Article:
In Chapter 4, “Mirza Ghalib’s Hedonistic Challenge,” De Sondy analyzes the life and writings of one of the greatest poets of Mughal India. The author maps the struggles and challenges Mirza faced as a spiritually devout married Muslim man who had fathered seven children (although all of them died) and who also led a courtier’s life of hedonism, wine drinking, and erotic affairs. Another interesting feature of this chapter is the observation that Mirza Ghalib’s involvement in the heterosexual and homoerotic liaisons that characterized Mughal courtesan culture, together with his participation in the gatherings (Mushairas) in which male poets showcased new poems and competed with each other for recognition as the best poet, offer alternative arenas in which Muslim masculine gender identities are constructed and performed. De Sondy sees in Mirza’s life a kind of foreshadowing of the predicament that many Muslims experience today as many self-indentifying Muslim males feel constrained by Islam and especially by the Islamism propounded by Mawdudi and his ilk. De Sondy concludes this chapter with a warning that “strict and constraining definitions of Islamic masculinity like Mawdudi’s encourage defection of pious men…who have interests other than war, dominance, xenophobia, and the heteronormative family” (152).
De Sondy brings to light further tensions and paradoxes of Islamic masculinities in Chapter 5, “Sufism’s Beloved Subversion.” Sufism represents an alternative ideal form of masculinity because of the Sufis’ exemplary submission and servitude to God. De Sondy’s analysis offers a nuanced critique of the tendency of some scholars to overstate the association of Sufism with gender egalitarianism and to see in the master-disciple relationship a feminization of the latter. According to De Sondy, Sufism indeed undercuts the stereotypical association of masculinity with power because submission and subservience to God are the dominant leitmotifs guiding the Sufi’s existence. And yet the Sufi master acquires power and authority precisely because he has mastered submitting himself to God. De Sondy also finds in his treatment of master-disciple relations that “in the fluid and ambiguous state of discipleship, passivity and subordination were practiced without fear of humiliation and loss of manliness, indeed, they were valued behaviours” (144) and that none of the participants in such relationships are considered unmanly. In this way he gets beyond the imposition of binary categorizations that would equate any form of manhood not defined in terms of hegemony as somehow feminized.
With regards to the claims of Sufi gender egalitarianism, De Sondy furnishes compelling evidence from male Sufi sources that assume that women’s gender roles are an obstacle to full time devotion to God and obtaining perfect transcendence. This is especially apparent in his assessment of Sufis such as al-Ghazali and Ibn Arabi who “used the ultimate, transcendent submission experience of mysticism not to knock down gender barriers but to reinforce them” (145). We also see further evidence of this in his discussion of sex and marriage, where he observes a pronounced preference for celibacy since, “sex disturbs the pure surrender of the soul” (144). It was also interesting to note that the conceptualization of the Sufi’s death as an ‘urs (wedding) between man and the divine implicitly devalues normative marriage between man and woman. De Sondy concludes that while Sufism provides a space for men and, to a lesser extent, women to defy certain constraints of legalist Islam, he reminds us that constructing a more fluid masculinity and more egalitarian gender relationships were not the goals of the Sufi mystics (178).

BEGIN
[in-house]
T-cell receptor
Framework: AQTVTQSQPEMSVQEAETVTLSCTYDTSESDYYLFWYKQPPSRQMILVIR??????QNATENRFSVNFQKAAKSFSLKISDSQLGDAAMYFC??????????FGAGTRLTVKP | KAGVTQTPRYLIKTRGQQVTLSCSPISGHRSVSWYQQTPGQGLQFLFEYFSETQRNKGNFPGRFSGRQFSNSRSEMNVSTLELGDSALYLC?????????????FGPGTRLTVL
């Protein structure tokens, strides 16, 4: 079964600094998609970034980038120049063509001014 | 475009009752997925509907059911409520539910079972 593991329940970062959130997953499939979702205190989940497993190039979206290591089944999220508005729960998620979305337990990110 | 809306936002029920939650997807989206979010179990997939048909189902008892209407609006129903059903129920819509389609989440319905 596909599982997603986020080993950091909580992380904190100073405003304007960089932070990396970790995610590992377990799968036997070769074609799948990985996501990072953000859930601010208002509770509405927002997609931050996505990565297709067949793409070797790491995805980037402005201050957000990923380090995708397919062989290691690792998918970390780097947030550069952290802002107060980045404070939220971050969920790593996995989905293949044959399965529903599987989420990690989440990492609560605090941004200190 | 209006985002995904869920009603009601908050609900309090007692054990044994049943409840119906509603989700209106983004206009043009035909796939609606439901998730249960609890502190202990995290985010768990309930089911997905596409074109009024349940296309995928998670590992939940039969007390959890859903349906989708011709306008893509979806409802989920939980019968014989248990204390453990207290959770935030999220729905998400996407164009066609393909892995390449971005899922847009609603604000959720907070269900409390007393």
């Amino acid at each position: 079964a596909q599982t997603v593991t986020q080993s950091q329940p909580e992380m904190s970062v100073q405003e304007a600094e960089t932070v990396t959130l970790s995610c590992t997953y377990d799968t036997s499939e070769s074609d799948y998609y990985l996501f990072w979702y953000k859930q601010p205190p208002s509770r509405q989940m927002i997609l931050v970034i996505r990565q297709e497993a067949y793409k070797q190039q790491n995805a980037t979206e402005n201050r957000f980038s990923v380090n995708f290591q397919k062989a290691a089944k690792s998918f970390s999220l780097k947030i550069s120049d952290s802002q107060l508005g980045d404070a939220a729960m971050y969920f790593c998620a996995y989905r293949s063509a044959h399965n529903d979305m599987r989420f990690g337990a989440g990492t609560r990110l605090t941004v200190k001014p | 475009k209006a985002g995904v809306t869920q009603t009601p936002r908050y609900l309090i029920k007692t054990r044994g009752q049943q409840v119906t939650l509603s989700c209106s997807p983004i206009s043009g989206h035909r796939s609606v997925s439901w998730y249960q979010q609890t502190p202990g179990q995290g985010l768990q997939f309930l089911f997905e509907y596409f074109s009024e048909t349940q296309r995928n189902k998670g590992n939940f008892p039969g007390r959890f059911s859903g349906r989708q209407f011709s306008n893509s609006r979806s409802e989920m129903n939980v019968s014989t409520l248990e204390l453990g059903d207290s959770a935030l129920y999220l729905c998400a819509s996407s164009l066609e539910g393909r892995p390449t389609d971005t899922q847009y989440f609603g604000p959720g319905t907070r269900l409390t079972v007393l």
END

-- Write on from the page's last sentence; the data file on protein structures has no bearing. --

De Sondy concludes that his exploration of key figures in the Qur’an and in Indian and Pakistani Islamic history has exposed the tendentiousness and precariousness of Islamic masculinities and has shown that fundamentalist conceptions of Islamic masculinity are not to be understood as the only or the authentic mode of living and performing one’s masculinity. He has produced an inclusive and pluralistic vision of Islamic masculinities that accommodates polar opposite exemplars such as Mawdudi and Mirza Ghalib, that argues that the diversity of Qur’anic masculine paradigms must themselves be taken as proof that Islam does not support a single model of masculinity, and which offers a cogent analysis of the multiple positions Muslim women feminists have adopted and the methods they have employed to remain “pro-faith” while debunking the hegemonic discourses of Islamic traditions. By way of a critique, De Sondy’s analysis of the prophetic models might have included examples of other men whose profiles more closely resemble that of the heteronormative patriarchal models as a way of counterbalancing the alternative and “dysfunctional” paradigms that he emphasizes.
Otherwise it is a beautifully written (apart from a few minor editing errors) and well documented study that should be read not only by those interested in gender in Islam but by anyone interested in gender and masculinity issues more broadly.
Linda G. Jones
Ramon y Cajal Research Professor
Universitat Pompeu Fabra